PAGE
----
Right now we are in the teardown stage of the rebuild. But sometimes when I don't feel like getting into a big project or just want to play a little in the garage I will do a small part or assembly. Such is the case with the dash gauge panel. I figured I could do most of it in one night and then store it for assembly.
The original ranger gauge bezel is a fancy chrome plastic unit. I'm not really partial to it's design and prefer round gauges instead. Some of the other Ford truck owners of this era are using the round gauge cluster used in larger Ford trucks. So I went on a search at a local salvage yard. I found only one of the big trucks with a cluster that certainly wasn't pristine but restorable. If you go this route, try to get the entire wiring plug by cutting the wires of the dash harness. I haven't tackled the wiring yet but it may not just plug in.
Originally, the bezel I pulled from the big truck was all chromed and the accented with black paint. Some of the chrome is not that great so I've decided to use the good chrome edges and paint the rest of the bezel a titanium color. If the chrome was excellent I think I would just strip it and use it that way.
After disassembling by removing a few screws, I cleaned the dust from the gauge faces carefully with a Q-tip. The gauge cluster has a tin cover that is painted black. Mine was showing some rust so I beadblasted it and painted it with SEM trim paint. I think most clusters would just need a dusting though.
After cleaning the gauges and glass, I concentrated on the bezel itself. First, the areas that I wanted to leave chromed were cleand with rubbing compound. I wanted to be sure the chrome would be good enough before I got to far into the project. The areas I wanted to keep were the edges all around and the raised areas around the center gauges. The raised areas make the gauges appear to be seperate round units with chrome bezels. That's the look I like.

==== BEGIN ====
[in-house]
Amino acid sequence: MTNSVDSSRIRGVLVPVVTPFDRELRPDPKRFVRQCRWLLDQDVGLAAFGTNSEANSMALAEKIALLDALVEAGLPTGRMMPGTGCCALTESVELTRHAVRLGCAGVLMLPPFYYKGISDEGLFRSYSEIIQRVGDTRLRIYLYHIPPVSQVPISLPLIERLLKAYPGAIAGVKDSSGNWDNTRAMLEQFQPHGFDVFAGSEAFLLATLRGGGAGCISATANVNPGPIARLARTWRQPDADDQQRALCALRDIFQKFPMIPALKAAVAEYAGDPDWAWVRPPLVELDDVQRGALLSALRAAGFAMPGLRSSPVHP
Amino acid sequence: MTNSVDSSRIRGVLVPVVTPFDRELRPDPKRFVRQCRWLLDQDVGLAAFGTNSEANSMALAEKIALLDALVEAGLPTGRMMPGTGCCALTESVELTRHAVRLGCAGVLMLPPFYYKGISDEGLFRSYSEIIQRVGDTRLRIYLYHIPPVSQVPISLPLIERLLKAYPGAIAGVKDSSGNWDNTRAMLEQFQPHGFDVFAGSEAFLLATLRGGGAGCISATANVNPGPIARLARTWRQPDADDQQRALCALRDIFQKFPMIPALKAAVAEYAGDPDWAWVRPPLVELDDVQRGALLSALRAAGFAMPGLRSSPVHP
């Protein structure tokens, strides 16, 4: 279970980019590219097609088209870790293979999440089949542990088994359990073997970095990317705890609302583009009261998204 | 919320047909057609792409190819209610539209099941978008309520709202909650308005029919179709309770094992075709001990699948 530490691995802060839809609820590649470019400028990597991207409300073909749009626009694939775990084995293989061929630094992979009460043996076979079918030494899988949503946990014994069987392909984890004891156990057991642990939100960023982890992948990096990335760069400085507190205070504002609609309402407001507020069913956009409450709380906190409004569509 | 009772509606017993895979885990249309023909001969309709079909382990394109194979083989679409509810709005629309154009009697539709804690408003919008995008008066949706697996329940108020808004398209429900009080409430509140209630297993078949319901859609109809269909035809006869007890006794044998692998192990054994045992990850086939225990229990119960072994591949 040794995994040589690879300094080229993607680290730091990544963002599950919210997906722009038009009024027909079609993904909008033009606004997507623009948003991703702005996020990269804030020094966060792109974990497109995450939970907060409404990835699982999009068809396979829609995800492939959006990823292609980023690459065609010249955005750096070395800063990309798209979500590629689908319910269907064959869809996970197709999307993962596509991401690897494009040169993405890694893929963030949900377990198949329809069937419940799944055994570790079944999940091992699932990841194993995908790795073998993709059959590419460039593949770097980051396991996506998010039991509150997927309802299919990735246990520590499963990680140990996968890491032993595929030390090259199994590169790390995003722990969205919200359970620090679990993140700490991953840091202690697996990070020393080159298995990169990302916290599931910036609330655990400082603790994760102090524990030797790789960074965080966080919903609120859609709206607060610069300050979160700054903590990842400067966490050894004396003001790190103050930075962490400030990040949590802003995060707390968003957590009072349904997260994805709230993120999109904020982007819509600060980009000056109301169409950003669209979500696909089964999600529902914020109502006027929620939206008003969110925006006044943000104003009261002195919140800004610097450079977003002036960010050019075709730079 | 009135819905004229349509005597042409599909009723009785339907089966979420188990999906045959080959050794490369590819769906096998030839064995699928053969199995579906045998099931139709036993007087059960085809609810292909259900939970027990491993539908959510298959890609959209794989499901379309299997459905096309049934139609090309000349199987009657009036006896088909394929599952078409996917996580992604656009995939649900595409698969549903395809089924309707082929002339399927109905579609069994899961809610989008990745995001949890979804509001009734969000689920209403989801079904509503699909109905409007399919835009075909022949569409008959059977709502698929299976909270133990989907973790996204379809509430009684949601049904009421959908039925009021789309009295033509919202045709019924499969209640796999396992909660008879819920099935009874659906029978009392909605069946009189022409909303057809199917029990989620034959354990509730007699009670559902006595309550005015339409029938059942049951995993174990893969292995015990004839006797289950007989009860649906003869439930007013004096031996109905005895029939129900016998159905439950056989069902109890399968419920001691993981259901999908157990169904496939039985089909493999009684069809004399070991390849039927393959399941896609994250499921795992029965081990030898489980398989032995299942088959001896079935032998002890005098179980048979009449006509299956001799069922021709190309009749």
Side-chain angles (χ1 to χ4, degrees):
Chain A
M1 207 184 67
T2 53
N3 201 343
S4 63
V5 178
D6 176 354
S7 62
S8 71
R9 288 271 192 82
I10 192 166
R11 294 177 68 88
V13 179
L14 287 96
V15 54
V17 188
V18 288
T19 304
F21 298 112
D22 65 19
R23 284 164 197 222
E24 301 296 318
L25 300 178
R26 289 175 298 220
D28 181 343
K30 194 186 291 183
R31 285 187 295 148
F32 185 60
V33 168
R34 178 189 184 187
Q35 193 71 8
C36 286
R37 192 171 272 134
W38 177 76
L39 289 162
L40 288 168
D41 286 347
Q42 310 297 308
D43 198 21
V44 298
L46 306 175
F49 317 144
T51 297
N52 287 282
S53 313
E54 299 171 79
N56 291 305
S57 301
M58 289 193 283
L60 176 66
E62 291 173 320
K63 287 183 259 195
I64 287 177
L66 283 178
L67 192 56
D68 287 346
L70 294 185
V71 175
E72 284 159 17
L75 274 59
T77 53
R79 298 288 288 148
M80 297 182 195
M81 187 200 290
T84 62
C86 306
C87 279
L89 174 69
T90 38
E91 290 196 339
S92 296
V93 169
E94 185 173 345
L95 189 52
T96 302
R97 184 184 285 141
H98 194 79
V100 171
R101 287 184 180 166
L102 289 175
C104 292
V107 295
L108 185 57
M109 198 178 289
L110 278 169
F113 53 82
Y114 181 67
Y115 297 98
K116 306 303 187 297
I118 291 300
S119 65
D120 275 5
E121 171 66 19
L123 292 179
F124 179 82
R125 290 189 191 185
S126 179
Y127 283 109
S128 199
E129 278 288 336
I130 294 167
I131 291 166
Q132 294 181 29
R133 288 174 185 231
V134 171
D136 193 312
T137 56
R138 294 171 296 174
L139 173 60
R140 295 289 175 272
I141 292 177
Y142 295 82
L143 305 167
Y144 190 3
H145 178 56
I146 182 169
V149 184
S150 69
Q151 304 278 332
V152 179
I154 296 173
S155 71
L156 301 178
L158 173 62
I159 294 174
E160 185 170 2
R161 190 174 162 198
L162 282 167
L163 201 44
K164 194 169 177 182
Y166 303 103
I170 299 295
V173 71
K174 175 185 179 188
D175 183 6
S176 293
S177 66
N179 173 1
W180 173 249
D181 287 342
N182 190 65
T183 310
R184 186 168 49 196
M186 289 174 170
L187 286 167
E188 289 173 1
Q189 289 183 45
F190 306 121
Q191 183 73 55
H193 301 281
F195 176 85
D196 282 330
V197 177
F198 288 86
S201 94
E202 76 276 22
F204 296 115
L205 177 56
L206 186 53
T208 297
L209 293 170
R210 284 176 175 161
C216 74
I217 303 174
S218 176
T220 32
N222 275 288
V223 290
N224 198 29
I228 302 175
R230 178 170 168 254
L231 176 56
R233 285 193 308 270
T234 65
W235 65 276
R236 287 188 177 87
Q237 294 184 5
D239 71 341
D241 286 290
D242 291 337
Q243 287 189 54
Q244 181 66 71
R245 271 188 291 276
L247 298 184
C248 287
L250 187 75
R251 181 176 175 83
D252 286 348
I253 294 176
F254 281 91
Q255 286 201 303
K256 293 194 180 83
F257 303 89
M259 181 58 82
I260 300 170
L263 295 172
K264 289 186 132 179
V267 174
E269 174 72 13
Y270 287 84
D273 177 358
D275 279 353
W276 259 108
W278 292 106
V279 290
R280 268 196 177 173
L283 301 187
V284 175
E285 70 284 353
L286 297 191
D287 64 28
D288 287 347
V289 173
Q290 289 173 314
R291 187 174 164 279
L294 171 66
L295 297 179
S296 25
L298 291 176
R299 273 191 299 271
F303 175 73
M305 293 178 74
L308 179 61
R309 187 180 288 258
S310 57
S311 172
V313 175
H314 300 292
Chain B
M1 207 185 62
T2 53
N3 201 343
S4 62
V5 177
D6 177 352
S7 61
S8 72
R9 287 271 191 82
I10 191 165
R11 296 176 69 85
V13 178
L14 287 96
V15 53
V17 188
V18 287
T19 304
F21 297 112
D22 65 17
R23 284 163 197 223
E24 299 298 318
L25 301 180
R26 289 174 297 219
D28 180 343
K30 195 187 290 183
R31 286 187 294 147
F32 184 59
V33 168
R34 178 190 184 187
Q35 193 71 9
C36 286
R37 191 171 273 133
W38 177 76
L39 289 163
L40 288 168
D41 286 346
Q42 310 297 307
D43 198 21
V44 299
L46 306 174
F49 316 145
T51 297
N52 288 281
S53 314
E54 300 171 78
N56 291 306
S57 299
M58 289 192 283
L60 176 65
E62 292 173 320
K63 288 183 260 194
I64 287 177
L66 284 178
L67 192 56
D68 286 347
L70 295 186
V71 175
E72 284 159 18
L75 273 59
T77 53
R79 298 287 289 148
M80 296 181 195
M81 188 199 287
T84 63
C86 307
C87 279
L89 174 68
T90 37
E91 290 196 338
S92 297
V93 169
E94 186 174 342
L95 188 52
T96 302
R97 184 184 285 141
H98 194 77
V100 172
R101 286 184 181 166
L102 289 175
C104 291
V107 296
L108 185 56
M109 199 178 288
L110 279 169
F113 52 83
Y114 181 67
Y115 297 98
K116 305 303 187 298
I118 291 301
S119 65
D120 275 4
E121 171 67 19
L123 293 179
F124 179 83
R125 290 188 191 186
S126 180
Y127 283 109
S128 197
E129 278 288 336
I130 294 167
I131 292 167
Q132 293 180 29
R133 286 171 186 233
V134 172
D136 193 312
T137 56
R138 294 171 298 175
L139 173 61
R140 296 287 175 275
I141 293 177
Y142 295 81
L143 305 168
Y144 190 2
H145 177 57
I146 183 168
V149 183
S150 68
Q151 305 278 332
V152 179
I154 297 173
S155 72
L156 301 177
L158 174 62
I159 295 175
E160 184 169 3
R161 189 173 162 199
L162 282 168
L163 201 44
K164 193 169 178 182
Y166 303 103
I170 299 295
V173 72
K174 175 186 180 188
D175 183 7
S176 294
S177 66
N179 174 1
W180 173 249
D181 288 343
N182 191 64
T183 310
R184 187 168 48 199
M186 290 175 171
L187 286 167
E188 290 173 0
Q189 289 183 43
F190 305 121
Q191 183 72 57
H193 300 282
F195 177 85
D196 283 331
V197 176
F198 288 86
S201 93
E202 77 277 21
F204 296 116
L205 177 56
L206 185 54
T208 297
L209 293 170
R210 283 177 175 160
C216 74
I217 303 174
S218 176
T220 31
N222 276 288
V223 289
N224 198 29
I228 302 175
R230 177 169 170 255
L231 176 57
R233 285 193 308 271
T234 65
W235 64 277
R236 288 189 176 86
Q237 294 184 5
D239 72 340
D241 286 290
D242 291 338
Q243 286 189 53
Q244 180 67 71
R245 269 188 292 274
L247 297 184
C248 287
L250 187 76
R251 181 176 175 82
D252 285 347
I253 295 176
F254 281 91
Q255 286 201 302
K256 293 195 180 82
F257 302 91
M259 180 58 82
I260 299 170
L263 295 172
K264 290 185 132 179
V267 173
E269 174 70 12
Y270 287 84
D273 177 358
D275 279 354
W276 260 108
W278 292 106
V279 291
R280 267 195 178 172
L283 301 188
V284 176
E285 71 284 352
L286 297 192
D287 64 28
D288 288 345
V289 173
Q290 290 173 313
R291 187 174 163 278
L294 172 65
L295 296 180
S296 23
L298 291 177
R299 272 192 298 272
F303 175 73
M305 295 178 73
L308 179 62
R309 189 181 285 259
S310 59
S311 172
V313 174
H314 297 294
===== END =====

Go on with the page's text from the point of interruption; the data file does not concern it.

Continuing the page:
The next step was to cut out the large metal inserts that were left for future gauge istallation. A drill and small grinder were used to remove the unwanted metal. Luckily, one side was already cut out and just needed some touching up with the grinder.
The chrome edges were taped off with fine line tape. Then I sprayed the entire bezel with SEM Ford truck light titanium in a spray can. This paint looks really nice when dry. It dries quickly and I could unmask within 15 minutes.
The center gauge cluster was the reinstalled using 4 new chrome screws. Then I installed a new tach and vacuum gauge into the large side openings. It was difficult to find two similar gauges that large but I finally found them at JCWhitney. My original thought was to use all new white faced gauges but after I priced them I am satisfied with what I have! The two new gauges are held in by a bead of windshield urethane adhesive on the backside. They aren't meant to be installed in dash but if that adhesive can hold a windshield in, I'm sure it will hold these gauges in.
That's as far as I can go with the dash project for now. The holes on the upper left will be covered with a new AC duct opening that has not arrived yet. The lower left holes will be covered with an emblem if I can find one. I think it looks better than the original setup and is almost as cheap as purchaseing a new chromed plastic bezel for the original Ranger gauges.
The Vinatege Air system arrived with the vent I need for the dash. So I cut another hole and installed the vent. The wiring was reattached to the back. I was able to find a nice Ford oval emblem to cover the lower holes at the Ford garage. So the unit is now complete and ready for installation when the time comes.
I was able to use the gauge wiring harness that came with the round gauge unit. It is different but most of the wiring is the same and the plug is the same. The only real difference is an extra orange/yellow wire in the plug and a seperate light blue wire that is missing. These operate the surn signal flasher. I was able to pull the orange wire out and attach it to the new harness. Now the wiring appears to match correctly.